The driver's seat is hard and upright, with adjustment for height, reach and rake and after a 200-mile trip to the Peak District on Good Friday, I alighted as fresh as when the trip started.
My partner, too, had no complaints, which is a big plus point as, in many panel vans I have tested in the past, the dual passenger seats have been about as comfortable as a park bench.
In the back
Standing behind the Daily, the rear doors look as high as the side of a house. There are nine cubic metres of loadspace available inside and as the Daily has almost vertical sides, that space is eminently usable in everyday life.
The spare wheel is mounted on the nearside behind the wheelarch, which seems a shame as it takes up loadspace, but at least the local lowlifes won't be able to pinch it.
The test van was completely ply lined (another must in my book) and there are plenty of lashing eyes around the floor and sides.
A large step at the rear will help at loading and unloading times.
On the road
Iveco makes big play in its publicity brochures of the fact that this van is as drivable as a car, but I'm afraid I'd have to disagree. The Daily has its roots very much in truck territory but it is none the worse for that. After all, I can't see many shy retiring wallflowers needing to drive this vehicle.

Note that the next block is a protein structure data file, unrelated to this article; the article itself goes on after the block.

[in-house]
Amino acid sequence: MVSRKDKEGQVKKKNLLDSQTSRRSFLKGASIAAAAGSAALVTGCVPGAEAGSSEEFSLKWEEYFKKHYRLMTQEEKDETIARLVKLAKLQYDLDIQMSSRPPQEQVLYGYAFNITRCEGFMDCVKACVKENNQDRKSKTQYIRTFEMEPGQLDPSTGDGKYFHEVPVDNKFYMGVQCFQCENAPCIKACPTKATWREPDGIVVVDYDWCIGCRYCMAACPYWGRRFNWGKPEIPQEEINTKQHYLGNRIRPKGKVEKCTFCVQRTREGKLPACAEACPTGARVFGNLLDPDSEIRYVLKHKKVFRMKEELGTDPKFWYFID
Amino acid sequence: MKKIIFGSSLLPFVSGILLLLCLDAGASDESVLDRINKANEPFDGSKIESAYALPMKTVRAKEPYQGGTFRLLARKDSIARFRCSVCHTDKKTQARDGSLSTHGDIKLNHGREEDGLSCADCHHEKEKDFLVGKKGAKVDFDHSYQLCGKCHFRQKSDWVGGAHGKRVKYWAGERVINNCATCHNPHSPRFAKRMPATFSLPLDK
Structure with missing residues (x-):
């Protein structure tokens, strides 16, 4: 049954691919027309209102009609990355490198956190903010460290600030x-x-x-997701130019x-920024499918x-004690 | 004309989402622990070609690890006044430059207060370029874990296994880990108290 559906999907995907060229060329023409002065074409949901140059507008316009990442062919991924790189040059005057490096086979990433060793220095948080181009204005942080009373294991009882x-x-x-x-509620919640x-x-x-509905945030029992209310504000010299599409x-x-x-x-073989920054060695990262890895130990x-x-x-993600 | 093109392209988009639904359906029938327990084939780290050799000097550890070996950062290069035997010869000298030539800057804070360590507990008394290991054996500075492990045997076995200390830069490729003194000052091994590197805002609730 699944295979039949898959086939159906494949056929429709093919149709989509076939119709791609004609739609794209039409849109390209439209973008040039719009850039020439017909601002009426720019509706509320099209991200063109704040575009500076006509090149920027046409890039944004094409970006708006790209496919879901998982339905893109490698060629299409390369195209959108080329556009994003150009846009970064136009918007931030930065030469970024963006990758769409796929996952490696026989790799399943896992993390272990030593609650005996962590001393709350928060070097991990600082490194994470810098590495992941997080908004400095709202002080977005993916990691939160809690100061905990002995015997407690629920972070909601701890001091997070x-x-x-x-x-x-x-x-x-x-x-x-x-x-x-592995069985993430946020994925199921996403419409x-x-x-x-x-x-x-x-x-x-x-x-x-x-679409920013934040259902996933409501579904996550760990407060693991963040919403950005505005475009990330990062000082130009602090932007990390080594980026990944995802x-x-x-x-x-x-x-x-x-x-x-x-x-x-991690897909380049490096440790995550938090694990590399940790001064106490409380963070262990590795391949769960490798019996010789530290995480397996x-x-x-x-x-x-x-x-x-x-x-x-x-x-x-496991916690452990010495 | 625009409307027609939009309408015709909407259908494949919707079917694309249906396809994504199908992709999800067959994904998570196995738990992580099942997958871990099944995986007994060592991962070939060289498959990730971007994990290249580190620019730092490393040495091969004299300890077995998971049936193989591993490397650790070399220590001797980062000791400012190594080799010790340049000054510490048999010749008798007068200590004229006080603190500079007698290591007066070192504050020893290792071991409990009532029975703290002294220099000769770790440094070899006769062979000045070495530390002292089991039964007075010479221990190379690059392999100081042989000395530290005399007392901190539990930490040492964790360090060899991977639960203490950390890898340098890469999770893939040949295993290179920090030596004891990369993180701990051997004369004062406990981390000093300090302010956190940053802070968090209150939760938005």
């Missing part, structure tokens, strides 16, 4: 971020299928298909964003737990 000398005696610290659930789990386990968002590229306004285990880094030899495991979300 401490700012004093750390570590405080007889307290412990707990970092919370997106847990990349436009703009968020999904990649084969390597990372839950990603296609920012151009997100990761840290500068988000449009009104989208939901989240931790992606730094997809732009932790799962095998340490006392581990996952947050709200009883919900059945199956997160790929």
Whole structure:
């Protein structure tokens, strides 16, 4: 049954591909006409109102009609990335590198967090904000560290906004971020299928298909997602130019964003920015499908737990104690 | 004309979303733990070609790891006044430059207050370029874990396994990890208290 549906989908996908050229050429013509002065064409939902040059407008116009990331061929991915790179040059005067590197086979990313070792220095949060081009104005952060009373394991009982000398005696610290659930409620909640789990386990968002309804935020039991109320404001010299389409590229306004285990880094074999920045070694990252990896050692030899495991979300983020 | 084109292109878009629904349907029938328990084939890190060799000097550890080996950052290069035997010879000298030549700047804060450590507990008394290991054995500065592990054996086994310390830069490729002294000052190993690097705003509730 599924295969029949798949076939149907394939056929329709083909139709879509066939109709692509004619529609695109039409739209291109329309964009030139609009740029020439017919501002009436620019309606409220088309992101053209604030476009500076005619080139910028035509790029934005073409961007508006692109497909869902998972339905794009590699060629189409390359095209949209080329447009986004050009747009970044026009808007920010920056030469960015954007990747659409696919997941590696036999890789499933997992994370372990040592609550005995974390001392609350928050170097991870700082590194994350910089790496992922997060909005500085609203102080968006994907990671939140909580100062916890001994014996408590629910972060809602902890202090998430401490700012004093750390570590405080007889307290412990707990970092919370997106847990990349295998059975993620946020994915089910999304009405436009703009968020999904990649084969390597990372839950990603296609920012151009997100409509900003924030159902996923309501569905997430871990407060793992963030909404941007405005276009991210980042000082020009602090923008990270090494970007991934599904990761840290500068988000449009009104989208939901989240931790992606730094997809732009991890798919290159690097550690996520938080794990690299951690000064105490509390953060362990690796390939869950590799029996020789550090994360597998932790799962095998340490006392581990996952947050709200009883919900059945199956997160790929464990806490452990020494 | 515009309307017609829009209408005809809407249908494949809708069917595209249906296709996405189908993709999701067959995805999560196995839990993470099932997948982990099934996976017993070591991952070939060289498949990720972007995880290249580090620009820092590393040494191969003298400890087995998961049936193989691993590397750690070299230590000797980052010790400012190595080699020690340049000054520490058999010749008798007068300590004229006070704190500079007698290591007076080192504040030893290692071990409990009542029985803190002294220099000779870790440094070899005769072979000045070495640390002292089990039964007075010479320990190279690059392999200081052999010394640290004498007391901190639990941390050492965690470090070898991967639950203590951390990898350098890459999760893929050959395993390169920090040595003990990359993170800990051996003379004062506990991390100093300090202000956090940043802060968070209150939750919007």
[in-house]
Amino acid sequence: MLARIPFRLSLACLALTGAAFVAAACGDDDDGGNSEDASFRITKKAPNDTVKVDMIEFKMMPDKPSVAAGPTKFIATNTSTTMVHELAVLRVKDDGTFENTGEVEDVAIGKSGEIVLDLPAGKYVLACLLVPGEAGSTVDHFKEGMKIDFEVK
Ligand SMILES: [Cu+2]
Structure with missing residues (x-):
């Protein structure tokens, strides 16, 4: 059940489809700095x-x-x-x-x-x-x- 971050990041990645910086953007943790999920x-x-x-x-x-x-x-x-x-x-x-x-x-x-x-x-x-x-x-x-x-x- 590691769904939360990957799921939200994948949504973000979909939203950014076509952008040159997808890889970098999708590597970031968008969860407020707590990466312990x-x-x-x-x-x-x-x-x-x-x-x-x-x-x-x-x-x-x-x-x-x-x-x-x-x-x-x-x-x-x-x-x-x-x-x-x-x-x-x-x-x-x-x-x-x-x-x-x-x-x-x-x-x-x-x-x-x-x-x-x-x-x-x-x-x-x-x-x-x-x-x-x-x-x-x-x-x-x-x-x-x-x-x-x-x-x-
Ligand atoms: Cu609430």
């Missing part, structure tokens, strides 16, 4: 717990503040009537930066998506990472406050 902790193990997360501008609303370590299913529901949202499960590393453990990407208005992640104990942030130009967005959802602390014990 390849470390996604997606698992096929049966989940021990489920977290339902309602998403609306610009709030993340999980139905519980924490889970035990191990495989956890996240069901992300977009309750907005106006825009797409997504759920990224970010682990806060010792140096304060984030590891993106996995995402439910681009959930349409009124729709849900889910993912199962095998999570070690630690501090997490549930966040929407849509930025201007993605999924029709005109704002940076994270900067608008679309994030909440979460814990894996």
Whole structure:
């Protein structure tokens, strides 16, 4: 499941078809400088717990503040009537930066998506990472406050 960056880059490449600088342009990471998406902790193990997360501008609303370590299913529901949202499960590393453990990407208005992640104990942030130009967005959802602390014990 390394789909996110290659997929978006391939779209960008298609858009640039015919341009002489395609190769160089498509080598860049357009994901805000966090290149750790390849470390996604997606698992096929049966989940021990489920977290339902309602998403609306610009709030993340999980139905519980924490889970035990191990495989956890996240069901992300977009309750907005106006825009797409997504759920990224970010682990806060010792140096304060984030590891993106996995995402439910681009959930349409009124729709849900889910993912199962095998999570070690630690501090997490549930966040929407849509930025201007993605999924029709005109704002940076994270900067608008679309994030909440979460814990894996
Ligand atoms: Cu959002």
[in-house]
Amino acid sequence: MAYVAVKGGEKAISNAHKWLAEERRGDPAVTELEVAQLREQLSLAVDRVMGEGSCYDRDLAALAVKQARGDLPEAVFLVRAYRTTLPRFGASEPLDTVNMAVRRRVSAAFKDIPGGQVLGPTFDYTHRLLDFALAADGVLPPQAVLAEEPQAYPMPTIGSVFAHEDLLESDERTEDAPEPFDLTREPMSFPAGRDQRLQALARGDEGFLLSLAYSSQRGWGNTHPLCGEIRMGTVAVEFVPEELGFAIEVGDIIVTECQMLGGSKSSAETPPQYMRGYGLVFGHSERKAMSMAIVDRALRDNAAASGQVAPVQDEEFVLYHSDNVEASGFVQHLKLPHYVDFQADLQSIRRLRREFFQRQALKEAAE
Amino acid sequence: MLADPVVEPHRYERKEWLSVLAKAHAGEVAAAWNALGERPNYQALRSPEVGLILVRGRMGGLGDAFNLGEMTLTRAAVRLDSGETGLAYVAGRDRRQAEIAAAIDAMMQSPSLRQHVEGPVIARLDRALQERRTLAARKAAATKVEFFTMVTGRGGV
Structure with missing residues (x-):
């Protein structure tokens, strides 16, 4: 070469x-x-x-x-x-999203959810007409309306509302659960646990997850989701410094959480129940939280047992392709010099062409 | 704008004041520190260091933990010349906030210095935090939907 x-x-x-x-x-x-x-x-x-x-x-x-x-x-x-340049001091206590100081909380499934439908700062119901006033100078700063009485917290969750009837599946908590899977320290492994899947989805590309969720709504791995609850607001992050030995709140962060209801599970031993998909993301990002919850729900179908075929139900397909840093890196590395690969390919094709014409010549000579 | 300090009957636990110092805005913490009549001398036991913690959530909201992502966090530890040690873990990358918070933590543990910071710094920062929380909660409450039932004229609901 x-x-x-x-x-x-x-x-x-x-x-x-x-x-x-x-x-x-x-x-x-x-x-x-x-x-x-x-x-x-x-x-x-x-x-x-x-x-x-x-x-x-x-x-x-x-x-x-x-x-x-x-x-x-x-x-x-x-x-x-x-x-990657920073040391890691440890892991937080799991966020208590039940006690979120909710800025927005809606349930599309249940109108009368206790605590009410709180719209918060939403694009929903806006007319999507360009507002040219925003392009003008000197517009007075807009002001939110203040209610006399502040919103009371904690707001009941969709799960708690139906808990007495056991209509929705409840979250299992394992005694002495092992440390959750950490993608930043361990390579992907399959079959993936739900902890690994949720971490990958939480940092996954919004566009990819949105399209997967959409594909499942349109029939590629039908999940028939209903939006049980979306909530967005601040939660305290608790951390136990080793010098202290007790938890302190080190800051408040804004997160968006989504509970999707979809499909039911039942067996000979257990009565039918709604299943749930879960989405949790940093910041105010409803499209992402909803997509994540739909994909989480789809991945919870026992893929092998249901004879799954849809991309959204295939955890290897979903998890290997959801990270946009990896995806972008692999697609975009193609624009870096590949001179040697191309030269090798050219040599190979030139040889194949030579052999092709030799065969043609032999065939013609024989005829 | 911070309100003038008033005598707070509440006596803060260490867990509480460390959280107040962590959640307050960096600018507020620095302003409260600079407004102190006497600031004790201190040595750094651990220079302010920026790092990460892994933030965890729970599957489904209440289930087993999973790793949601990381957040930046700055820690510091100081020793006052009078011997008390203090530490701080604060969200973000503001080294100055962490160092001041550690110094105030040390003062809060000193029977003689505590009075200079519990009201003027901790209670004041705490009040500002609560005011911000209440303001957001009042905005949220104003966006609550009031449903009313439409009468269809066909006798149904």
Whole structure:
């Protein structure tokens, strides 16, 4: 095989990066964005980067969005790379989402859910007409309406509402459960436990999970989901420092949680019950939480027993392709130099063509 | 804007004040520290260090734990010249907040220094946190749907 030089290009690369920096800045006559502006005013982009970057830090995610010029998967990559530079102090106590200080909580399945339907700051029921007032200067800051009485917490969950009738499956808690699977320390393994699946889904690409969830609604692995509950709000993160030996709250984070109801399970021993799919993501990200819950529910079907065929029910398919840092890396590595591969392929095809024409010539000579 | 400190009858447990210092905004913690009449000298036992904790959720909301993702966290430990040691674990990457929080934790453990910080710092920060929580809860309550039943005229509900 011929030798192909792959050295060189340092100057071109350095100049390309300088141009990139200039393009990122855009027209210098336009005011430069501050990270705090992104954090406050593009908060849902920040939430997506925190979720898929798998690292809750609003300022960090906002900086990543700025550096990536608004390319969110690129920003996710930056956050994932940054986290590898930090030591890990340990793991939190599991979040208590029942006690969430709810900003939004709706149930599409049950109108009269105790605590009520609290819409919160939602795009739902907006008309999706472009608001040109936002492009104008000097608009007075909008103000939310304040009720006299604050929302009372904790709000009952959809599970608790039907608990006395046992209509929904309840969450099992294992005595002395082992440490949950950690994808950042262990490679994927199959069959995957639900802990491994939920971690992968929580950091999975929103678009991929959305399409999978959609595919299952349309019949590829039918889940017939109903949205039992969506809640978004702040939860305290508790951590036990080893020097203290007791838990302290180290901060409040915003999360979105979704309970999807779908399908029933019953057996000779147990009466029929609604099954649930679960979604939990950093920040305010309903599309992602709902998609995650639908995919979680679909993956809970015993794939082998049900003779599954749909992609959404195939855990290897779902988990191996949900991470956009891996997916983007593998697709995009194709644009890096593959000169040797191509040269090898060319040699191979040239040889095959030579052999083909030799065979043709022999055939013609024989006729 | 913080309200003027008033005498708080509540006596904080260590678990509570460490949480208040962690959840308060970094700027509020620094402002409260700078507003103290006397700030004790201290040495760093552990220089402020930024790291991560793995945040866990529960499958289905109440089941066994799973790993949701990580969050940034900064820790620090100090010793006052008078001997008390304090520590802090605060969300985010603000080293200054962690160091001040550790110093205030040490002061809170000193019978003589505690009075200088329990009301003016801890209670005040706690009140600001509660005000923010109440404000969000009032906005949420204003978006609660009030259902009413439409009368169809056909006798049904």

The powerplant starts up with a mighty roar and seems intrusive at low speeds. But get up to 70mph and you'll be in for a surprise. My partner and I were able to converse in hushed tones throughout our Easter sojourn.
Gearchanging needs a particular skill and can be awkward and notchy if not carried out carefully and slowly. Try flipping the gearstick too quickly and it will end in tears. But clutch and steering are both light and easy and round-the-corner handling is deft and smooth.
There are many worthy contenders in this sector of the van market and most of them are top-notch performers. But as usual it is a case of horses for courses and if your job is to deliver bunches of flowers to local shops, I wouldn't recommend the Iveco Daily.
But for fleets wanting a rough, tough vehicle that will run and run, the Daily is your boy.